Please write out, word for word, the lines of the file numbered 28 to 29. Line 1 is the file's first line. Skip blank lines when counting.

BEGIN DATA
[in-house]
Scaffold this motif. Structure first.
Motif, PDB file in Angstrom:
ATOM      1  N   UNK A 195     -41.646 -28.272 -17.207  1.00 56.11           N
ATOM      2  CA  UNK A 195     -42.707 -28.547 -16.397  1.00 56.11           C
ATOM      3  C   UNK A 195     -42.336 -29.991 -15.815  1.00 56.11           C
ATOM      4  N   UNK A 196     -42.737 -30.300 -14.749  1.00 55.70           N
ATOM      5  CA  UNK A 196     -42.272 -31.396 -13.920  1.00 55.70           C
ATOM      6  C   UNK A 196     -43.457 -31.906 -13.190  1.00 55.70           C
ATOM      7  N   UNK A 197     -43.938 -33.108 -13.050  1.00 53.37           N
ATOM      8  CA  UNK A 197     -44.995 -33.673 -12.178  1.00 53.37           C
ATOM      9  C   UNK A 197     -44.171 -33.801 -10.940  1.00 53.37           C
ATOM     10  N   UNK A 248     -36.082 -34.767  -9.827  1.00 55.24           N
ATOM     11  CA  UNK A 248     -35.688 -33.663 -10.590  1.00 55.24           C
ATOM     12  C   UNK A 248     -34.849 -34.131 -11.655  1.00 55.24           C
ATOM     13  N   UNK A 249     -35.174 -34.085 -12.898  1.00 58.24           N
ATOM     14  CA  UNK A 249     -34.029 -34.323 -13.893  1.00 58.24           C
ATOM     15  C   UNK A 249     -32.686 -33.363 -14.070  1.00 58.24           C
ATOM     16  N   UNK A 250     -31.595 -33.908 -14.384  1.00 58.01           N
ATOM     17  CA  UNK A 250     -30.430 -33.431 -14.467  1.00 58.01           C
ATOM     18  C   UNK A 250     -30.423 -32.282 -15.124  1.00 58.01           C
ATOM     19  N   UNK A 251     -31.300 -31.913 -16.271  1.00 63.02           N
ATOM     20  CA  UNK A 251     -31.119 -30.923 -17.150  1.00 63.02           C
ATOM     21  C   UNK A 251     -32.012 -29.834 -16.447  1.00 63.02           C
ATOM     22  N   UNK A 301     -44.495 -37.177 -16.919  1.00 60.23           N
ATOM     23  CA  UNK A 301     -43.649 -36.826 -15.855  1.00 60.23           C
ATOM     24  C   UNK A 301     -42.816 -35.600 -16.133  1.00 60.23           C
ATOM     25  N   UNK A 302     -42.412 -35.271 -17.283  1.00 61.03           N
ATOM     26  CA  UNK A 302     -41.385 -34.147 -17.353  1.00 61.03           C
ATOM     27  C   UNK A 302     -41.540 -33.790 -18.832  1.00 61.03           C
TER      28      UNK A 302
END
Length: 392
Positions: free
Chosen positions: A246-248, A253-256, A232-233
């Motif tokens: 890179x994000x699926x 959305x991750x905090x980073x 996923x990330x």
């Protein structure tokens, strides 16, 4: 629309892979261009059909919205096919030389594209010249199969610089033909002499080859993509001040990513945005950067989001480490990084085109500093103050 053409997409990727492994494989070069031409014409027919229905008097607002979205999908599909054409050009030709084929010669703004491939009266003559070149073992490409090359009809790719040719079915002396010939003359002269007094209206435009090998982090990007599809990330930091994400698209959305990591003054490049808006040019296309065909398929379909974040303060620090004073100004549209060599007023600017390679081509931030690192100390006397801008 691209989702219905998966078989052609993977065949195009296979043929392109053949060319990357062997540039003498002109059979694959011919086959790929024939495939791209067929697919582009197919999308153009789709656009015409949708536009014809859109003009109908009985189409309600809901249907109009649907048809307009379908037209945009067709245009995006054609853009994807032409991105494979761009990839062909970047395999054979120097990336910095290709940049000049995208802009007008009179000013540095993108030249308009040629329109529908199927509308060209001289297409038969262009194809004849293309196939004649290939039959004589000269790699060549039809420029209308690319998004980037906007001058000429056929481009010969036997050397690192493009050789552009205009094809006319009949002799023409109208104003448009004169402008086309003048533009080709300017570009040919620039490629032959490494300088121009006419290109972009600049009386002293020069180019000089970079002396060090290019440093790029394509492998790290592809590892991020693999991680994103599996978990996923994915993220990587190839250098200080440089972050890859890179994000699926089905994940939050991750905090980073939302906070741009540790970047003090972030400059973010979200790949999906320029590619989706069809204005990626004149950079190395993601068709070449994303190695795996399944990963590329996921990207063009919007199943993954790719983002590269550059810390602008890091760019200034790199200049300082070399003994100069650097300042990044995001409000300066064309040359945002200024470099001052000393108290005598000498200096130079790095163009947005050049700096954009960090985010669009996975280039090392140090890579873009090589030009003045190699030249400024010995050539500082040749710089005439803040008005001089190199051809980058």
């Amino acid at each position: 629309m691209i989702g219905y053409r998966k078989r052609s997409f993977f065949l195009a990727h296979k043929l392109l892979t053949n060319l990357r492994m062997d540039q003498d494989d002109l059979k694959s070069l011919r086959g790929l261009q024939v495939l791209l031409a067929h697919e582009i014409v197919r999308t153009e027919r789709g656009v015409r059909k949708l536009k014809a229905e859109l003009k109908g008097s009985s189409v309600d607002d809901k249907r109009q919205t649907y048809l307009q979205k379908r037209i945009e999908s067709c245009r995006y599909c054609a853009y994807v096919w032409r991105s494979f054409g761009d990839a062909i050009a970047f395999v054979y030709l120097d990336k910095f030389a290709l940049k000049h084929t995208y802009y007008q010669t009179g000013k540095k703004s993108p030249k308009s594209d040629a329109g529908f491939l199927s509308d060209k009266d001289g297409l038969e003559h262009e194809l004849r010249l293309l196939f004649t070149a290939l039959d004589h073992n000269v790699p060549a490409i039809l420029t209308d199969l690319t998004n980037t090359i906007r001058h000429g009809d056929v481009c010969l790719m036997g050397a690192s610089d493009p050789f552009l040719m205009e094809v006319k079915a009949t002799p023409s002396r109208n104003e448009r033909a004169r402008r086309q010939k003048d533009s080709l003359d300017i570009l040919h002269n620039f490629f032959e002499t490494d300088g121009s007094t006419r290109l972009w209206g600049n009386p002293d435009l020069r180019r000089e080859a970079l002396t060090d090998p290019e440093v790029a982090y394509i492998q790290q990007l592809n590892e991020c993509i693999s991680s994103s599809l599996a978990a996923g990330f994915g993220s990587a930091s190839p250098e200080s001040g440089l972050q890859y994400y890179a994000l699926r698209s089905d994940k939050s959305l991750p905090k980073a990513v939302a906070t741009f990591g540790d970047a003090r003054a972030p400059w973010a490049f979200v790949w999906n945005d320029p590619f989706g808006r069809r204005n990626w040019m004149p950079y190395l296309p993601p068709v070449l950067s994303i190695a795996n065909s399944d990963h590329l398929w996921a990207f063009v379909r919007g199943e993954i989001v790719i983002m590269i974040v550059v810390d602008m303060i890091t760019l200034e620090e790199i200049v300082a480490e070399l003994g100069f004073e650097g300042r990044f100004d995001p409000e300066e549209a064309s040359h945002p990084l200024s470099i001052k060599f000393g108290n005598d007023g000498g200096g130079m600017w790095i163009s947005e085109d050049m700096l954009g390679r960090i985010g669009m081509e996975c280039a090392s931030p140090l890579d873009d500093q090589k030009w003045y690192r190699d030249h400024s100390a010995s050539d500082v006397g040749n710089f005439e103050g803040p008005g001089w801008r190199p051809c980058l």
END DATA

ATOM     25  N   UNK A 302     -42.412 -35.271 -17.283  1.00 61.03           N
ATOM     26  CA  UNK A 302     -41.385 -34.147 -17.353  1.00 61.03           C